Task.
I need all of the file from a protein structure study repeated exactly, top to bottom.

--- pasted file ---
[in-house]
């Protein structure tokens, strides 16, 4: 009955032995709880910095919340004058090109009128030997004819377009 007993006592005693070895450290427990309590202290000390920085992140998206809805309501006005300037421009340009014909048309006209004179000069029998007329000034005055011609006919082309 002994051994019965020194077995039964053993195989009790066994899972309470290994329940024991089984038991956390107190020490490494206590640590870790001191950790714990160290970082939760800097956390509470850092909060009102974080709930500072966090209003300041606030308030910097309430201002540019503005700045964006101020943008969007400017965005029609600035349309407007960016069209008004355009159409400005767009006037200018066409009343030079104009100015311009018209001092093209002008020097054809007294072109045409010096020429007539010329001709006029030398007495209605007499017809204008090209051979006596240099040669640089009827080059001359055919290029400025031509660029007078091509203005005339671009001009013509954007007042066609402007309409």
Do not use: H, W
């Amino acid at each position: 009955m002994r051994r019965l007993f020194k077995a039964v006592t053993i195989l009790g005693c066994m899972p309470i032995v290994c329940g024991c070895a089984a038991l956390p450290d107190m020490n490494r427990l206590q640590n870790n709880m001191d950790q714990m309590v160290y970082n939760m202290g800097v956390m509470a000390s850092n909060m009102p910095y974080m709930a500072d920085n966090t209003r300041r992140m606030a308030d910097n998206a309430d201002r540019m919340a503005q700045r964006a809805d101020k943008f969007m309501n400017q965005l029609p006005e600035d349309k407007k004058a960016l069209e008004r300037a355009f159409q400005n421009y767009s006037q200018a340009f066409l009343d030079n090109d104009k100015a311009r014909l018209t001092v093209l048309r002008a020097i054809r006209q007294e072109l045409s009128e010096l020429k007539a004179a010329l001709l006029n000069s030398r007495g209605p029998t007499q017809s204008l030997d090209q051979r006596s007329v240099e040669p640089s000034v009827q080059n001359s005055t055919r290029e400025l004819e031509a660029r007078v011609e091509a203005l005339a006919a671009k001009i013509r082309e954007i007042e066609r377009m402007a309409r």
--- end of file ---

[in-house]
């Protein structure tokens, strides 16, 4: 009955032995709880910095919340004058090109009128030997004819377009 007993006592005693070895450290427990309590202290000390920085992140998206809805309501006005300037421009340009014909048309006209004179000069029998007329000034005055011609006919082309 002994051994019965020194077995039964053993195989009790066994899972309470290994329940024991089984038991956390107190020490490494206590640590870790001191950790714990160290970082939760800097956390509470850092909060009102974080709930500072966090209003300041606030308030910097309430201002540019503005700045964006101020943008969007400017965005029609600035349309407007960016069209008004355009159409400005767009006037200018066409009343030079104009100015311009018209001092093209002008020097054809007294072109045409010096020429007539010329001709006029030398007495209605007499017809204008090209051979006596240099040669640089009827080059001359055919290029400025031509660029007078091509203005005339671009001009013509954007007042066609402007309409």
Do not use: H, W
């Amino acid at each position: 009955m002994r051994r019965l007993f020194k077995a039964v006592t053993i195989l009790g005693c066994m899972p309470i032995v290994c329940g024991c070895a089984a038991l956390p450290d107190m020490n490494r427990l206590q640590n870790n709880m001191d950790q714990m309590v160290y970082n939760m202290g800097v956390m509470a000390s850092n909060m009102p910095y974080m709930a500072d920085n966090t209003r300041r992140m606030a308030d910097n998206a309430d201002r540019m919340a503005q700045r964006a809805d101020k943008f969007m309501n400017q965005l029609p006005e600035d349309k407007k004058a960016l069209e008004r300037a355009f159409q400005n421009y767009s006037q200018a340009f066409l009343d030079n090109d104009k100015a311009r014909l018209t001092v093209l048309r002008a020097i054809r006209q007294e072109l045409s009128e010096l020429k007539a004179a010329l001709l006029n000069s030398r007495g209605p029998t007499q017809s204008l030997d090209q051979r006596s007329v240099e040669p640089s000034v009827q080059n001359s005055t055919r290029e400025l004819e031509a660029r007078v011609e091509a203005l005339a006919a671009k001009i013509r082309e954007i007042e066609r377009m402007a309409r």